odds-making

150 years ago today black men voted for the first time in Tennessee. Ex-Confederates were still prohibited from voting. Republican Governor William G. Brownlow (Parson Brownlow) was re-elected by a large majority.

From The New-York Times August 2, 1867:

THE TENNESSEE ELECTION.
         ___________________
Whites and Negroes Voting Together.
         ___________________
No Disturbance at the Polls Reported.
         ___________________
Gov. Brownlow Undoubtedly Elected by a Large Majority.
         ___________________

Parson Brownlow / Magee. (Phil'a : J. Magee, c1861.; LOC: https://www.loc.gov/item/96509946/)

he’s number 1

Special Dispatch to the New-York Times.
KNOXVILLE, Tenn., Thursday, Aug. 1.

The election to-day was one of the most orderly ever known. The liquor-shops were all closed, and the special police force and the militia prevented all trouble. Black policemen were detailed by the Leagues and accepted by the authorities. A disturbance to-night between a black and white man brought out eighty armed blacks in an instant. … [Brownlow the big winner]

To the Associated Press.

MEMPHIS, Thursday, Aug. 1.

The election passed off quietly in this city, and not a single disturbance occurred. The saloons were all closed, and the best of order prevailed. The Twenty-Fifth Infantry were stationed at Court-square during the day, but they were not called out.

By the first arrangement the whites and negroes were to have separate voting places; but later in the day, finding that they could not all vote there, they sought other polls in crowds, and then were unable to all vote owing to the short time allowed. …

NASHVILLE, Tenn., Thursday, Aug. 1.

The election to-day was the quietest ever known here. The whites and blacks voted without interruption, and not a hurrah for either party was given. At the polls a few parties were arrested for attempting to vote twice, and others for carrying concealed weapons. … [Brownlow rolls]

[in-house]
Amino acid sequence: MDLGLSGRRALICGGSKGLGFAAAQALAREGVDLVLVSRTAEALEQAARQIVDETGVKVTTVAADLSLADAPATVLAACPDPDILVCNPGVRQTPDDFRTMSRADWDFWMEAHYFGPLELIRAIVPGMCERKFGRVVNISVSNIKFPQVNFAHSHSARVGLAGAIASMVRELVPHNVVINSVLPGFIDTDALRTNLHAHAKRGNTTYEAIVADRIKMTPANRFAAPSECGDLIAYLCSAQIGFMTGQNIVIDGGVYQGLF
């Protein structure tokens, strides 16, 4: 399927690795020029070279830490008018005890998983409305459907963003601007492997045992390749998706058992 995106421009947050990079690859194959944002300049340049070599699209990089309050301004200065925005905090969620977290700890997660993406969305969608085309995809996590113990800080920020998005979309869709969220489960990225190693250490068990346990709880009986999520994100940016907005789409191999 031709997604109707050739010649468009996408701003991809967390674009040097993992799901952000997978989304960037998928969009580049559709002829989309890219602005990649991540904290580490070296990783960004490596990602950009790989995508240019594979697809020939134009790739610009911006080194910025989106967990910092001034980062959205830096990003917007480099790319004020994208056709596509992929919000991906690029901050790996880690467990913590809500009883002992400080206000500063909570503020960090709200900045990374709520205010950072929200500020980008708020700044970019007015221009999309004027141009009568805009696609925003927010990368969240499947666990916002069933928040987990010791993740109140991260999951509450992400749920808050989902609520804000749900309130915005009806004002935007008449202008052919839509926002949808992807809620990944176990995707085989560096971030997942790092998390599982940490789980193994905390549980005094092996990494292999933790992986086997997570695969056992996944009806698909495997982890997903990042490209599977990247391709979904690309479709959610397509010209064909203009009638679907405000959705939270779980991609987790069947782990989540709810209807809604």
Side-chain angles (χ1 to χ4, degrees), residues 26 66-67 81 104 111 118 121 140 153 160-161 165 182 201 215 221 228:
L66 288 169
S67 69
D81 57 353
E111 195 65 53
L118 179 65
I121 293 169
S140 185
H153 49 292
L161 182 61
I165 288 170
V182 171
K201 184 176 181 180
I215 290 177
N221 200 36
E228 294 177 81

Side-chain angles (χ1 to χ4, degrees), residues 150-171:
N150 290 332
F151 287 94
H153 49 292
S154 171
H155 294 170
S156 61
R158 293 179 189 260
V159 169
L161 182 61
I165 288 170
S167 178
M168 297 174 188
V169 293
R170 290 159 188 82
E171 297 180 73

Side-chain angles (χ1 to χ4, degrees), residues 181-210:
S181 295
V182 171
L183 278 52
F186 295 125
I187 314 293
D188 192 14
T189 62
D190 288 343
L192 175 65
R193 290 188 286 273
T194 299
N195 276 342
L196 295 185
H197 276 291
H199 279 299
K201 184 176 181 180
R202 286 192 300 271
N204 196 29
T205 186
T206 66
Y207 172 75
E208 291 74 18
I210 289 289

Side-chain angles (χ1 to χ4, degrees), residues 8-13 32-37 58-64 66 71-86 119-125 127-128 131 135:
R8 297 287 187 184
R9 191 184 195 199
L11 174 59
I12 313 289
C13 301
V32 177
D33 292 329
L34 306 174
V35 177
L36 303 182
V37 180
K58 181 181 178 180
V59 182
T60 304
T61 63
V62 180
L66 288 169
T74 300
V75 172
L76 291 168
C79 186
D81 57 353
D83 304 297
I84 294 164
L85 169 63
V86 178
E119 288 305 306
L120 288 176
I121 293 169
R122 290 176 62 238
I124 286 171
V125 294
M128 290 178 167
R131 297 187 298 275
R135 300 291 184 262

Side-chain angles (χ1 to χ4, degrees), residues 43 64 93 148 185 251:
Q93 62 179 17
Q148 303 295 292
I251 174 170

Maj. General George H. Thomas (photographed between 1861 and 1865, printed between 1880 and 1889; LOC: https://www.loc.gov/item/2013648715/)

” peace-maker”

The next day the Times published an editorial about the election. It was good that the vote was peaceful, but the result was underwhelming since the odds were stacked so much in the parson’s favor. The editorial was concerned that an “extreme proscriptive policy” could cause trouble throughout the South:

The Tennessee Election.

The triumph of the Brownlow faction proves only the success with which it has manipulated the registration of voters. As an indication of State feeling or policy it amounts to nothing. When a man in office possesses the power of disfranchising his opponents, his election or reëlection can be considered only a sign of thorough, unscrupulous work – not of moral strength or personal or political popularity. And when he outrages propriety by appointing candidates as registrars, and so enabling them to adapt the lists to their own convenience, the fact of their election follows as regularly as night follows day. In deed the Tennessee election was, on the whole a meaningless formality. With four-fifths of the whites disfranchised, and with the registration altogether in the hands of BROWNLOW and his men, what signifies the vote of Thursday last?

For similar reasons, what importance attaches to the absence of the riot and bloodshed which were widely feared? That the election passed off quietly, is a good ground of rejoicing. But the cause of the quiet ought not be overlooked. It was not BROWNLOW of his volunteers who preserved order, nor the superior strength of the victors, nor the peaceful disposition of the people. To United States troops belongs the praise. Gen. THOMAS, acting under instructions from Gen. GRANT, was the great peace-maker of the day. His arrangements restrained the ill-blood which exists on both sides, and rendered orderly what would otherwise have been scenes of violence and strife. The circumstance is not particularly gratifying. It is not pleasant to reflect that Federal bayonets are indispensable auxiliaries of an election in a State supposed to be reconstructed. But so it is, and we may as well recognize it frankly.